I tried a protein bar made out of crickets - here's what it tasted like



Business Insider/Steven Tweedie

Exo is a Brooklyn-based startup that is trying to change the way we think about eating bugs. And the company is starting with cricket protein bars.

Cofounders Greg Sewitz and Gabi Lewis started experimenting with cricket-based food when they were seniors at Brown University, after reading a United Nations report that said eating insects could help combat world hunger.

That might seem like a tough sell to an American audience, but the pair raised a $1.2 million seed round in late 2014 from Collaborative Funds, Tim Ferriss (also an investor in Twitter and Uber), and others. And they are currently have the highest sales in the insect snack space - admittedly it's not that crowded.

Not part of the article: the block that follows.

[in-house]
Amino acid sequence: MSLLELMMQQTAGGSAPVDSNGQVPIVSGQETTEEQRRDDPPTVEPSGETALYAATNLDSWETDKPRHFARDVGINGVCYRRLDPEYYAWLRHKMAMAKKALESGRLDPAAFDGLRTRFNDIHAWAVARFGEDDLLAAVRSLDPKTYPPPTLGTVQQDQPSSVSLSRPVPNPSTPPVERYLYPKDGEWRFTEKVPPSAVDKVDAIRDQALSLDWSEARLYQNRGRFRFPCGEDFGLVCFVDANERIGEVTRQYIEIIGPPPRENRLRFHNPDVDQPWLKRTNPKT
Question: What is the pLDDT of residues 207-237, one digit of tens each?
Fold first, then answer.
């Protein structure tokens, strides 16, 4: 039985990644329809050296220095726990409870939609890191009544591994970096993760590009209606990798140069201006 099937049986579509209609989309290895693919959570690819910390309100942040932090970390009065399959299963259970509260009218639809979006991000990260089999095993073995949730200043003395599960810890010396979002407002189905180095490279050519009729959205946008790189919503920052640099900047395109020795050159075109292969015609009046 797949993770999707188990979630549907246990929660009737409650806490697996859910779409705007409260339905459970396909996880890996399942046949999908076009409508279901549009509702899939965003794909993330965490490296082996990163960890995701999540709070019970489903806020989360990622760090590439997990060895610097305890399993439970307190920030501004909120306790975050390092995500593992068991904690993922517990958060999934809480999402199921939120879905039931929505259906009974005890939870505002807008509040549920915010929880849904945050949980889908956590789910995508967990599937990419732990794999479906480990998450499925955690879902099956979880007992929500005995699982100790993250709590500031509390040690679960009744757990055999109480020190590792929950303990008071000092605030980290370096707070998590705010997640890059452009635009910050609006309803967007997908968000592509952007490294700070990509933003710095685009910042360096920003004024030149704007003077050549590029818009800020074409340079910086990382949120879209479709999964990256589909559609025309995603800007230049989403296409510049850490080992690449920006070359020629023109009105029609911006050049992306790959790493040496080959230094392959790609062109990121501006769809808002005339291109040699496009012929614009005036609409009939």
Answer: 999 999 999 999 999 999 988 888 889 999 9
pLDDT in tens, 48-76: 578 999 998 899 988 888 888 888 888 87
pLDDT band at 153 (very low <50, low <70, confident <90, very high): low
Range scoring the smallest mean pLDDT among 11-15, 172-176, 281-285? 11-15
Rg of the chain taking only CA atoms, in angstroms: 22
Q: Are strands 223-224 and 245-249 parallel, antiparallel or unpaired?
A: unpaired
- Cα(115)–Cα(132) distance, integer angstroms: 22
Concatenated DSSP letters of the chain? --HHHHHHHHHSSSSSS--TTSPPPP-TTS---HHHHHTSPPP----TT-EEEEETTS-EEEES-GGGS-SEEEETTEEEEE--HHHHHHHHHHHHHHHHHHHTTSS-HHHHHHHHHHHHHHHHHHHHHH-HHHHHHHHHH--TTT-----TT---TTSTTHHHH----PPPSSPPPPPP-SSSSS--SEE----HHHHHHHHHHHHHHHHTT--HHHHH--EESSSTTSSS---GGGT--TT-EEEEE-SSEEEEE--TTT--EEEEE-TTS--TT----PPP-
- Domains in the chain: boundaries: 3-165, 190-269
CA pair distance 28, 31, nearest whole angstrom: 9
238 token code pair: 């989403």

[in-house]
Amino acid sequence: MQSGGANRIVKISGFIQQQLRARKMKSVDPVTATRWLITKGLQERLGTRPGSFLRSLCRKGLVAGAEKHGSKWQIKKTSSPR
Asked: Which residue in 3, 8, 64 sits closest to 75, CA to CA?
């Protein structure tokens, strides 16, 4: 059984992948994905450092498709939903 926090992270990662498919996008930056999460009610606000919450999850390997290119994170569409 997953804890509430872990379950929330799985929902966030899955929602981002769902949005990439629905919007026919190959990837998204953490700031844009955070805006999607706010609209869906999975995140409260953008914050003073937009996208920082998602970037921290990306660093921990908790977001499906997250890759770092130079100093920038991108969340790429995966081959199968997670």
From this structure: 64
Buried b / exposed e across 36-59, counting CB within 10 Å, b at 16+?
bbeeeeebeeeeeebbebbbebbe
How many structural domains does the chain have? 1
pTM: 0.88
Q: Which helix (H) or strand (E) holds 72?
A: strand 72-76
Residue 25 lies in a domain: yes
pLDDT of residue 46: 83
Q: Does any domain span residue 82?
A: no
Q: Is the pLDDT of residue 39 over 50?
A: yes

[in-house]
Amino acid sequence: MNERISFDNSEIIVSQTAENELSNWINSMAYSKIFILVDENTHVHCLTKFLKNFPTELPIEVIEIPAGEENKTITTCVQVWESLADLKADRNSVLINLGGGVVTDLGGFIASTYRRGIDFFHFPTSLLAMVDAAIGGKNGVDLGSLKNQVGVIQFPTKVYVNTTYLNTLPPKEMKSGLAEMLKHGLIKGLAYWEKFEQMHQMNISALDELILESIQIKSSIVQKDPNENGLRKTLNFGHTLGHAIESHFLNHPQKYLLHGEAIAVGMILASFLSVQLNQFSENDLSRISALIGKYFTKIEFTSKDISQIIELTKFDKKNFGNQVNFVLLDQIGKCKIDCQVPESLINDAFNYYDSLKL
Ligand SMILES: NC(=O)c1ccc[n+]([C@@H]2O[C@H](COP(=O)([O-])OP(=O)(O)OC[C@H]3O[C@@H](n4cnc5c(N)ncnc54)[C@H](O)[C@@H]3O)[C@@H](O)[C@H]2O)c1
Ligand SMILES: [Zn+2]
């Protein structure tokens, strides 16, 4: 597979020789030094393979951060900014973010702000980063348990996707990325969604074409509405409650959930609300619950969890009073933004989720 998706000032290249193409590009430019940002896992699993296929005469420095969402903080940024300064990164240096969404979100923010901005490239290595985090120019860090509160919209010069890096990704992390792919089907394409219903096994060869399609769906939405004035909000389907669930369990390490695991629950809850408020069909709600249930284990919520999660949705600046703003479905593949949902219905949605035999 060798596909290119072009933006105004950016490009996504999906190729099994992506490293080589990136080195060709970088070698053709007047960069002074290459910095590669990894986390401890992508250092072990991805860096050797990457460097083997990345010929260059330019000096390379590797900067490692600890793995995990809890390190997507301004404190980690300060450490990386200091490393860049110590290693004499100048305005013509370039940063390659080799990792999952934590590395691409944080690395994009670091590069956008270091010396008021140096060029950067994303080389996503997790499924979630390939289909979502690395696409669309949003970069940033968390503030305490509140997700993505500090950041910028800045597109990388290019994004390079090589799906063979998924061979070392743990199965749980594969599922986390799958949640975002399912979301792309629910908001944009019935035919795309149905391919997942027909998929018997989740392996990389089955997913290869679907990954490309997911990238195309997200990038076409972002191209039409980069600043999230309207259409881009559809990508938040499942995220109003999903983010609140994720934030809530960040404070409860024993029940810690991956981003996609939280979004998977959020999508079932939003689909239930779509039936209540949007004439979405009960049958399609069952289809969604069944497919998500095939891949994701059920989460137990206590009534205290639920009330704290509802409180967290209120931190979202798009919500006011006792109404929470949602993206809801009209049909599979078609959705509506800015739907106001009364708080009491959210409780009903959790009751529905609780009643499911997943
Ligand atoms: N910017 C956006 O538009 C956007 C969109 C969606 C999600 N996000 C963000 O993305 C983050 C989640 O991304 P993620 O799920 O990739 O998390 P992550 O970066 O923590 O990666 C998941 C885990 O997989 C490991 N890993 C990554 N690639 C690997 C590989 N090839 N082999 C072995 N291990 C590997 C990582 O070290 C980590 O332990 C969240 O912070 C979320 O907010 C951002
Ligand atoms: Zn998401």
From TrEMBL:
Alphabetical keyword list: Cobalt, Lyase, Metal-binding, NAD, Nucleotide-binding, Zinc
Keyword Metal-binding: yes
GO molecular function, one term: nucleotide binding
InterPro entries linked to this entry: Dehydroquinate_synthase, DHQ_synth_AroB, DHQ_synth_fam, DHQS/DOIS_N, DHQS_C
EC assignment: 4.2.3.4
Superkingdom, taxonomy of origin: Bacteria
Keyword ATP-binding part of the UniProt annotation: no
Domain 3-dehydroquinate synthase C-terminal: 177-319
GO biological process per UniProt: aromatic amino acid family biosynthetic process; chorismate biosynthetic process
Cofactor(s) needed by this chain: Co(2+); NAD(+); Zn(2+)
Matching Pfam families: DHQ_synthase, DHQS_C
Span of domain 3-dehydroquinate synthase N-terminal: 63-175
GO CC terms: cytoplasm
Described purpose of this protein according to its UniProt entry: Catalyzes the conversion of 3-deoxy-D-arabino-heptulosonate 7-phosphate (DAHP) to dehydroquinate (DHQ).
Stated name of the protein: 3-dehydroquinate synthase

The pitch is that with 65% protein content, "cricket flour" - basically ground-up crickets - is much better for the environment that other animal sources. Cows, for example, produce about 100 times the amount of greenhouse gas for the same amount of protein, according to Exo.

But what do the bars taste like?

That's what we really wanted to know, so we decided to try them out ourselves. The bars are made from certified organic crickets, bred for human consumption, and there are approximately 40 crickets in each bar.


Here's what they were like.